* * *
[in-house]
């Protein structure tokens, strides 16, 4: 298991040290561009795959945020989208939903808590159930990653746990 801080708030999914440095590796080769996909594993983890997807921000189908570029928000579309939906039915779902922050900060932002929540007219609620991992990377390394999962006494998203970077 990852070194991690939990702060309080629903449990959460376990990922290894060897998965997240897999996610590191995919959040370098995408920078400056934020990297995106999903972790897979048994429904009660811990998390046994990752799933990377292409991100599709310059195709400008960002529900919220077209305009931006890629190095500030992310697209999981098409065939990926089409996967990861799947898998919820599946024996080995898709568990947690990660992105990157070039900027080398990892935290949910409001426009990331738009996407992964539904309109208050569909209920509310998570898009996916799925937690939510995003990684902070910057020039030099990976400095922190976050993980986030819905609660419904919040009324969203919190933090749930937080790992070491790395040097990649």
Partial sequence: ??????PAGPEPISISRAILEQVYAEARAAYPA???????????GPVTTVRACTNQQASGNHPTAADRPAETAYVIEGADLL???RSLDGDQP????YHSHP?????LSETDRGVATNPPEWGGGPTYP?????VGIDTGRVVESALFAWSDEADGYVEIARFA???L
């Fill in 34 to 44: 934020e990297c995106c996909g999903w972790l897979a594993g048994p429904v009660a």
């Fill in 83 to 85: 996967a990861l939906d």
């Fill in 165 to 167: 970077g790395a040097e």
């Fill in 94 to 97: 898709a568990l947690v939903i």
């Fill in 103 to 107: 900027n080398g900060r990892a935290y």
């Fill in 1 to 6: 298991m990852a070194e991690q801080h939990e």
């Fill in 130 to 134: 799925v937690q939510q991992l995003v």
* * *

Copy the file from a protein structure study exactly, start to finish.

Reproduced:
[in-house]
């Protein structure tokens, strides 16, 4: 298991040290561009795959945020989208939903808590159930990653746990 801080708030999914440095590796080769996909594993983890997807921000189908570029928000579309939906039915779902922050900060932002929540007219609620991992990377390394999962006494998203970077 990852070194991690939990702060309080629903449990959460376990990922290894060897998965997240897999996610590191995919959040370098995408920078400056934020990297995106999903972790897979048994429904009660811990998390046994990752799933990377292409991100599709310059195709400008960002529900919220077209305009931006890629190095500030992310697209999981098409065939990926089409996967990861799947898998919820599946024996080995898709568990947690990660992105990157070039900027080398990892935290949910409001426009990331738009996407992964539904309109208050569909209920509310998570898009996916799925937690939510995003990684902070910057020039030099990976400095922190976050993980986030819905609660419904919040009324969203919190933090749930937080790992070491790395040097990649």
Partial sequence: ??????PAGPEPISISRAILEQVYAEARAAYPA???????????GPVTTVRACTNQQASGNHPTAADRPAETAYVIEGADLL???RSLDGDQP????YHSHP?????LSETDRGVATNPPEWGGGPTYP?????VGIDTGRVVESALFAWSDEADGYVEIARFA???L
């Fill in 34 to 44: 934020e990297c995106c996909g999903w972790l897979a594993g048994p429904v009660a």
């Fill in 83 to 85: 996967a990861l939906d």
């Fill in 165 to 167: 970077g790395a040097e």
């Fill in 94 to 97: 898709a568990l947690v939903i």
């Fill in 103 to 107: 900027n080398g900060r990892a935290y």
């Fill in 1 to 6: 298991m990852a070194e991690q801080h939990e």
């Fill in 130 to 134: 799925v937690q939510q991992l995003v």